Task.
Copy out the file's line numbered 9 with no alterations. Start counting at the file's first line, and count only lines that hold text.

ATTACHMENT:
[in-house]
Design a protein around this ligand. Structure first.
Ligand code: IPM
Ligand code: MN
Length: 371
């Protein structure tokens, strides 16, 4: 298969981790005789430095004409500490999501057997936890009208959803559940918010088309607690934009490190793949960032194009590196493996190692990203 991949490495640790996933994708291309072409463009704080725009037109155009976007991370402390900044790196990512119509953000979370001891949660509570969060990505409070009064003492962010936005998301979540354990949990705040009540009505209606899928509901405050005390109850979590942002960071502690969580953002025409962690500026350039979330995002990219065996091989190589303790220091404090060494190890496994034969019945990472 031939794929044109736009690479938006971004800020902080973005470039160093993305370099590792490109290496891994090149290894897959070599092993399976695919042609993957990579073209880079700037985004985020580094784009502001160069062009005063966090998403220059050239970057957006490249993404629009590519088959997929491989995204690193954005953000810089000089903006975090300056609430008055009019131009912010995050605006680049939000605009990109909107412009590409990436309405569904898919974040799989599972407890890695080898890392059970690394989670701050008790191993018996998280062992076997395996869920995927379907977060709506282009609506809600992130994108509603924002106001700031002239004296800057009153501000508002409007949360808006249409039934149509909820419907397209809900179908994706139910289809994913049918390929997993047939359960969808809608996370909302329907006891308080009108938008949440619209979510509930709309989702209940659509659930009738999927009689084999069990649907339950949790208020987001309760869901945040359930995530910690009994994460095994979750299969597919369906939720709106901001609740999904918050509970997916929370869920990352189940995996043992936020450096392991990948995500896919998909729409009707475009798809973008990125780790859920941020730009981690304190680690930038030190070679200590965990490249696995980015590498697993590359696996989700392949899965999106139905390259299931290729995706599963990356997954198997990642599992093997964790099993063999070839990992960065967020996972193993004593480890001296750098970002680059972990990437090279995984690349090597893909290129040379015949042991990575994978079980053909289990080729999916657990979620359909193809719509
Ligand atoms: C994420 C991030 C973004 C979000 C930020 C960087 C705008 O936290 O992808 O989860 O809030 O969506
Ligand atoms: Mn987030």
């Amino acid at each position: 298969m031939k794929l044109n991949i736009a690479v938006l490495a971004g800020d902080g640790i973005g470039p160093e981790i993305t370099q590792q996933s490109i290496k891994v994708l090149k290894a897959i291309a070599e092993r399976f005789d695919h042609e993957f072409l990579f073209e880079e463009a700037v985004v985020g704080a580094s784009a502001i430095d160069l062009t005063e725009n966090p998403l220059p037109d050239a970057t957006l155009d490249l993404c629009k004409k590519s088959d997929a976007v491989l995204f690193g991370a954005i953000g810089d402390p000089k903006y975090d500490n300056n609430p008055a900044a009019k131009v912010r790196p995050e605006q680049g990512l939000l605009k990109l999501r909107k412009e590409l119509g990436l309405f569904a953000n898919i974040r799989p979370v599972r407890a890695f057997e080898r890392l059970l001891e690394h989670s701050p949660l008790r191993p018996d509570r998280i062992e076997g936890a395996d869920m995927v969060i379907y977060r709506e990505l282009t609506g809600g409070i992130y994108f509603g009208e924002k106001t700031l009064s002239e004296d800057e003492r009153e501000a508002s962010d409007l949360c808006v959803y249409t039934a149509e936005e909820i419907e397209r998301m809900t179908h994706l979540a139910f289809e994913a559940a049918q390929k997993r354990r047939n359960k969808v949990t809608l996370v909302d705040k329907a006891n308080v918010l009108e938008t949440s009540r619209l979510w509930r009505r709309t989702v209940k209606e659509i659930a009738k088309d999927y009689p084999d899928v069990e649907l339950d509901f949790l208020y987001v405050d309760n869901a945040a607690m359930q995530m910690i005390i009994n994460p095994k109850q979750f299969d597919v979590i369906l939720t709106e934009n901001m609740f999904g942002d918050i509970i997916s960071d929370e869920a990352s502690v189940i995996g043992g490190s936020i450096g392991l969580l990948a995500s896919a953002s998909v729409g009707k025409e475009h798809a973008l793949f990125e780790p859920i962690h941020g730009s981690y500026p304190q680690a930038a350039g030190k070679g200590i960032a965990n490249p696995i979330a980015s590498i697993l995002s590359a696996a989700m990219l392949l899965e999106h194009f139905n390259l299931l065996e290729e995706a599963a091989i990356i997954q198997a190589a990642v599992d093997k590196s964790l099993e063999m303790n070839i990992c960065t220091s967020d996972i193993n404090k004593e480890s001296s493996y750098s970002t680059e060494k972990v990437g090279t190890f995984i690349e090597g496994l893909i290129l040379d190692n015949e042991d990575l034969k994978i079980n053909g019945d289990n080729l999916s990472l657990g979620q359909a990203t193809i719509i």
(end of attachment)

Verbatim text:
């Amino acid at each position: 298969m031939k794929l044109n991949i736009a690479v938006l490495a971004g800020d902080g640790i973005g470039p160093e981790i993305t370099q590792q996933s490109i290496k891994v994708l090149k290894a897959i291309a070599e092993r399976f005789d695919h042609e993957f072409l990579f073209e880079e463009a700037v985004v985020g704080a580094s784009a502001i430095d160069l062009t005063e725009n966090p998403l220059p037109d050239a970057t957006l155009d490249l993404c629009k004409k590519s088959d997929a976007v491989l995204f690193g991370a954005i953000g810089d402390p000089k903006y975090d500490n300056n609430p008055a900044a009019k131009v912010r790196p995050e605006q680049g990512l939000l605009k990109l999501r909107k412009e590409l119509g990436l309405f569904a953000n898919i974040r799989p979370v599972r407890a890695f057997e080898r890392l059970l001891e690394h989670s701050p949660l008790r191993p018996d509570r998280i062992e076997g936890a395996d869920m995927v969060i379907y977060r709506e990505l282009t609506g809600g409070i992130y994108f509603g009208e924002k106001t700031l009064s002239e004296d800057e003492r009153e501000a508002s962010d409007l949360c808006v959803y249409t039934a149509e936005e909820i419907e397209r998301m809900t179908h994706l979540a139910f289809e994913a559940a049918q390929k997993r354990r047939n359960k969808v949990t809608l996370v909302d705040k329907a006891n308080v918010l009108e938008t949440s009540r619209l979510w509930r009505r709309t989702v209940k209606e659509i659930a009738k088309d999927y009689p084999d899928v069990e649907l339950d509901f949790l208020y987001v405050d309760n869901a945040a607690m359930q995530m910690i005390i009994n994460p095994k109850q979750f299969d597919v979590i369906l939720t709106e934009n901001m609740f999904g942002d918050i509970i997916s960071d929370e869920a990352s502690v189940i995996g043992g490190s936020i450096g392991l969580l990948a995500s896919a953002s998909v729409g009707k025409e475009h798809a973008l793949f990125e780790p859920i962690h941020g730009s981690y500026p304190q680690a930038a350039g030190k070679g200590i960032a965990n490249p696995i979330a980015s590498i697993l995002s590359a696996a989700m990219l392949l899965e999106h194009f139905n390259l299931l065996e290729e995706a599963a091989i990356i997954q198997a190589a990642v599992d093997k590196s964790l099993e063999m303790n070839i990992c960065t220091s967020d996972i193993n404090k004593e480890s001296s493996y750098s970002t680059e060494k972990v990437g090279t190890f995984i690349e090597g496994l893909i290129l040379d190692n015949e042991d990575l034969k994978i079980n053909g019945d289990n080729l999916s990472l657990g979620q359909a990203t193809i719509i």